Booker, Pallone step up TV battle

WASHINGTON -- With just three weeks to go until New Jersey's Senate primary, the Democratic candidates signaled a new wave of intensity on the airwaves and online.

Congressman Frank Pallone launched is first television ad and has a campaign event today with Bonnie Lautenberg, the widow of the late Sen. Frank Lautenberg.

Pallone's ad, which will air in the Philadelphia and New York markets, casts him as a "regular, ordinary Joe" who "gets things done," including a key role pushing President Obama's health care reform through the House.

Unlike his previous Web videos, Pallone does not speak to the camera in this ad; a narrator and other speakers do the talking.

Pallone is the second candidate to go up on TV. Newark Mayor Cory Booker has already been up on television, and polls show he is the clear front-runner.

Pallone started the race with nearly $4 million, but has not been on TV until now.

Booker, meanwhile, with a strong lead in the polls and fund-raising, is putting his third TV ad on the air.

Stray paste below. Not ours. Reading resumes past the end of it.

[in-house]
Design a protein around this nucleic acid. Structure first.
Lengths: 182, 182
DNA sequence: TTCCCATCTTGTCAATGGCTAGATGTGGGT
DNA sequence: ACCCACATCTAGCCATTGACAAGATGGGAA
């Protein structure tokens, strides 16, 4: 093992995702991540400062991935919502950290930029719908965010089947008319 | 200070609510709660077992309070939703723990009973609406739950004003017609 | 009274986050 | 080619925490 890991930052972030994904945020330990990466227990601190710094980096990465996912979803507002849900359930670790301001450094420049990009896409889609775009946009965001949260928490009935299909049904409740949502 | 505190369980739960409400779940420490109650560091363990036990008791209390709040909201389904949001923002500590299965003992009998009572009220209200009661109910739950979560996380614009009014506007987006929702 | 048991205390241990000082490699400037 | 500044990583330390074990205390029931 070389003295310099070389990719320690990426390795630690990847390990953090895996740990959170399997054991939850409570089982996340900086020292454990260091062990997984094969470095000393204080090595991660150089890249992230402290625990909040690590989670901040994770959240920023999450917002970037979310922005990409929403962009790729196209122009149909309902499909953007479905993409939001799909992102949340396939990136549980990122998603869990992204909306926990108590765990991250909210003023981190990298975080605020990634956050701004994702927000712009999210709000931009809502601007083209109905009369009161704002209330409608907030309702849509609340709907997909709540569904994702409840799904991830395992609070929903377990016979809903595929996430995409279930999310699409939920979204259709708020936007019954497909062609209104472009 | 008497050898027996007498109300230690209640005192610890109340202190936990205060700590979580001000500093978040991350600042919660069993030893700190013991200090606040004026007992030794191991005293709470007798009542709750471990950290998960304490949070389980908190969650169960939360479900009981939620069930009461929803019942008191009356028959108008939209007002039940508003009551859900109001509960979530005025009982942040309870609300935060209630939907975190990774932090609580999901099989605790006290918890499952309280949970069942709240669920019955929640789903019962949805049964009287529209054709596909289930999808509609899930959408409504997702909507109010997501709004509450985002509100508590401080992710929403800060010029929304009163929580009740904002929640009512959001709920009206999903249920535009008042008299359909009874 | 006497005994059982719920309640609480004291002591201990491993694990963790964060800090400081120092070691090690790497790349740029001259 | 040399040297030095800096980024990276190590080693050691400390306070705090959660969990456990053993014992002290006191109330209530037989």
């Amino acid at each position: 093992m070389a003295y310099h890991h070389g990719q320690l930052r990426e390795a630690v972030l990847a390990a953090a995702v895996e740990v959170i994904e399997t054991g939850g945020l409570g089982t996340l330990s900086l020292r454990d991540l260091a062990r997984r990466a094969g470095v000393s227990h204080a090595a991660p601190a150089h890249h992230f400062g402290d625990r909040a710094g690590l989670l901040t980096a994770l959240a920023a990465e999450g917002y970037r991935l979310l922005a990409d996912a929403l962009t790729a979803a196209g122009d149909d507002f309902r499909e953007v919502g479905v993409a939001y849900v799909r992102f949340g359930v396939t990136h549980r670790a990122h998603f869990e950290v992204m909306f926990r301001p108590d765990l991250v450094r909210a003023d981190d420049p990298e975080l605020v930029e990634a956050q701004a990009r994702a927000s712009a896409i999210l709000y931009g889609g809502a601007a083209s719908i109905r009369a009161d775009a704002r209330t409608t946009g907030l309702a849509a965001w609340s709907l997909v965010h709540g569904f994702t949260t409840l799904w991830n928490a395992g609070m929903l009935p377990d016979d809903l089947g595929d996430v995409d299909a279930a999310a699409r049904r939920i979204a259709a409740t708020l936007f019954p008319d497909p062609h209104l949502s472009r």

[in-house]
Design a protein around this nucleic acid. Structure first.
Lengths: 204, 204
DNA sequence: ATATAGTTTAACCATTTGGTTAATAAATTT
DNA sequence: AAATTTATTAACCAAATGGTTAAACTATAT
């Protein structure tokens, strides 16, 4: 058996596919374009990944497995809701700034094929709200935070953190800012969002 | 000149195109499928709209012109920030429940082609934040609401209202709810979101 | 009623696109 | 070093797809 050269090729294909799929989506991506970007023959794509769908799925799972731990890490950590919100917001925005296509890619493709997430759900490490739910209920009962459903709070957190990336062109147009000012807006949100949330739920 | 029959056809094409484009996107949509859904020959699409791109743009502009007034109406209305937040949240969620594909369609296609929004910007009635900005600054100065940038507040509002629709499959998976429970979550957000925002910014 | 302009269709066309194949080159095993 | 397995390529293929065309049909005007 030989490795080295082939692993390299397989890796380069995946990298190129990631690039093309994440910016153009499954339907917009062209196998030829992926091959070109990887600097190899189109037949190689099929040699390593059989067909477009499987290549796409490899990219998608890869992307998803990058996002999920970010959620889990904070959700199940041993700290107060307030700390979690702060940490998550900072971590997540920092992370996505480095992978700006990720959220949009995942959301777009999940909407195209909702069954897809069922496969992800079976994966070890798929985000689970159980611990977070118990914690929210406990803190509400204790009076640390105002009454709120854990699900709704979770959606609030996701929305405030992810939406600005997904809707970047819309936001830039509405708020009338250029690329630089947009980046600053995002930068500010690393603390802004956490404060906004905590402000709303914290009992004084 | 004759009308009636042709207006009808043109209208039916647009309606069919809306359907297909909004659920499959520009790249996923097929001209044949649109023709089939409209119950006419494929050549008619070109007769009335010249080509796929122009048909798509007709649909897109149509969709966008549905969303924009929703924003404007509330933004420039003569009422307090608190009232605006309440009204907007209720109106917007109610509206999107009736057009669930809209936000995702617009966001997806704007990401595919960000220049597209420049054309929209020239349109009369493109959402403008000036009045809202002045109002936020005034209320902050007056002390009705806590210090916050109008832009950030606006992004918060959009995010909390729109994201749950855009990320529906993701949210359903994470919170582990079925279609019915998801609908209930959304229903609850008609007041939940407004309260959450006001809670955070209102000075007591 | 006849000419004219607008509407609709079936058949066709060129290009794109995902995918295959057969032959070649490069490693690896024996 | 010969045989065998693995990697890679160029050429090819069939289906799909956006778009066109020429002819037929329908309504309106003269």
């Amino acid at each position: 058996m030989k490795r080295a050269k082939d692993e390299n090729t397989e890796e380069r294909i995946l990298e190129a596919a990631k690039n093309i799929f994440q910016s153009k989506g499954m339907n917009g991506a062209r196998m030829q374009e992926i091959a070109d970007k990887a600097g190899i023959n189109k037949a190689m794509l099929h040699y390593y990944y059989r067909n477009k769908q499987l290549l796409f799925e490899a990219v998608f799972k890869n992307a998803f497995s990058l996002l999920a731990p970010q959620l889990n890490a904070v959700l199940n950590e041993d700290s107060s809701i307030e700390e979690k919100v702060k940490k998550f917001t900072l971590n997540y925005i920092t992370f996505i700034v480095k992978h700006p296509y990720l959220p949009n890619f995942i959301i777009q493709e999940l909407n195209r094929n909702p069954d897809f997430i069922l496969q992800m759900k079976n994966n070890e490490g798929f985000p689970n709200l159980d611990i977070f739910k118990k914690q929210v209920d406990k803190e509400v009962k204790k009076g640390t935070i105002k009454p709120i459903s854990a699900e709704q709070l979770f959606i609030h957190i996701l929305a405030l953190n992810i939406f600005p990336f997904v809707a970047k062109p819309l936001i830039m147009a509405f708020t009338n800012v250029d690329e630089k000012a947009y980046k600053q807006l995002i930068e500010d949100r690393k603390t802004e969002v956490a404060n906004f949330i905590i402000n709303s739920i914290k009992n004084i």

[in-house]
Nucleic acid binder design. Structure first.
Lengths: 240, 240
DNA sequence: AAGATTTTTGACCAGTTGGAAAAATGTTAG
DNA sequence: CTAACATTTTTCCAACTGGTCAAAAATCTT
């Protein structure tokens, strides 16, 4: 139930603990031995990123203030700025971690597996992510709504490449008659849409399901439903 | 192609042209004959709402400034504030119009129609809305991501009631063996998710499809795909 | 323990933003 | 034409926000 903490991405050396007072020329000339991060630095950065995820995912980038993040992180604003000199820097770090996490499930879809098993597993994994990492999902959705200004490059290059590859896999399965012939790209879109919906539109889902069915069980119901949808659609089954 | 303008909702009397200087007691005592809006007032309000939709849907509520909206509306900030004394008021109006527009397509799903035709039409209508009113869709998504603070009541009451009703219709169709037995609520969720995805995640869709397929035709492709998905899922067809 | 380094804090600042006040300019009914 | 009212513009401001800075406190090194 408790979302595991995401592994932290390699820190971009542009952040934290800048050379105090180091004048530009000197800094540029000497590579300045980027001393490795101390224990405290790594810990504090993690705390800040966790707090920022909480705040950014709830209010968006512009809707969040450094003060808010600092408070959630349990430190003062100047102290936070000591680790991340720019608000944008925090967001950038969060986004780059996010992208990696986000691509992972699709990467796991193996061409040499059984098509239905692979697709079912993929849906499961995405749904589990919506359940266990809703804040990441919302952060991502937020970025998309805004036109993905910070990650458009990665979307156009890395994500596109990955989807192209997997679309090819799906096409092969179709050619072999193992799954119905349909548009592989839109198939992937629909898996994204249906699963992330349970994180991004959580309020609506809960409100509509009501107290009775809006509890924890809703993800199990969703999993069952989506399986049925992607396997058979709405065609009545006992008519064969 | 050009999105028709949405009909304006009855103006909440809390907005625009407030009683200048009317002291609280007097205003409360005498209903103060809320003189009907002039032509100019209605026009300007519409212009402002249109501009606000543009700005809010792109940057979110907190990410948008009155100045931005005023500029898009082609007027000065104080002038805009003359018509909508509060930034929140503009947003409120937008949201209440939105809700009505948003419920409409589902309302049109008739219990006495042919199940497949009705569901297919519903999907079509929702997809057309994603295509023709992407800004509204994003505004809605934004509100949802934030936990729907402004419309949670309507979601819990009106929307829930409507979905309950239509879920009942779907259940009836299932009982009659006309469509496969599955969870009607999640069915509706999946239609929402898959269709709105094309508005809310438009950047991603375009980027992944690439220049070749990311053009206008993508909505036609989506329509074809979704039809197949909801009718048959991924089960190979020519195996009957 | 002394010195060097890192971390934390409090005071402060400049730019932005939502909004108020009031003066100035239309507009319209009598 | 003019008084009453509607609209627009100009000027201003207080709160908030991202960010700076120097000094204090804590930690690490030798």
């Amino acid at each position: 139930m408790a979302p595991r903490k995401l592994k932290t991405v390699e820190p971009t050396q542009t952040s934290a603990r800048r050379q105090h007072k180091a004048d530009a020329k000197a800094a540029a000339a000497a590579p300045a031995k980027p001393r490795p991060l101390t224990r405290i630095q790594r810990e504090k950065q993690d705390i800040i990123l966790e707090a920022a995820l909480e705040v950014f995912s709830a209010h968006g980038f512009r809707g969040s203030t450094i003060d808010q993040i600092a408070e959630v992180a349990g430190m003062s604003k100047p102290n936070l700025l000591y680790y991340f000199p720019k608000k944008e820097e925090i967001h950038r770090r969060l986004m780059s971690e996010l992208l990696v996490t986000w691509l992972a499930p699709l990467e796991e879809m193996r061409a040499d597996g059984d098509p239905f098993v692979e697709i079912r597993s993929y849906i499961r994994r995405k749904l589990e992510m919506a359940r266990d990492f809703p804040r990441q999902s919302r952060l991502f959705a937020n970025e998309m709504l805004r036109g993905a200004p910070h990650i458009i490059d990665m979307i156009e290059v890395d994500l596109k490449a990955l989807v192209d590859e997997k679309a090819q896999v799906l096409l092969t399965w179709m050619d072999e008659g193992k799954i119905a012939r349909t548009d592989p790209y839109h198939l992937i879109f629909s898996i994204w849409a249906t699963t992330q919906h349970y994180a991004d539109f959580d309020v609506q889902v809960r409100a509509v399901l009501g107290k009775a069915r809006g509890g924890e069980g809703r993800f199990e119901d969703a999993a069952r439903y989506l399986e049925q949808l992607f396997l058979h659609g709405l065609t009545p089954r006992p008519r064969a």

"We cannot have policies that divide instead of bringing us together," Booker says in his new spot, vowing to raise the minimum wage, fight child poverty and protect Social Security and Medicare, all positions sure to appeal to a Democratic primary electorate.

(Over the weekend I wrote about how Booker's opponents have been challenging his Democratic credentials).

Congressman Rush Holt, meanwhile, has a fourth policy-focused Web ad, this one on climate change. He again highlights his background as a scientist. Holt says science shows that climate change is real, humans are to blame and the consequences could cost millions of lives.

"That's science, that's reality," Holt says. He calls for a carbon tax to fight the problem. "We can no longer allow Republicans to deny obvious truths ... America must act."

Assembly Speaker Sheila Oliver is also running for the Democratic Senate nomination, but has not launched any ads.

Republicans Steve Lonegan and Alieta Eck are competing for the GOP nomination.

The primary is Aug. 13.


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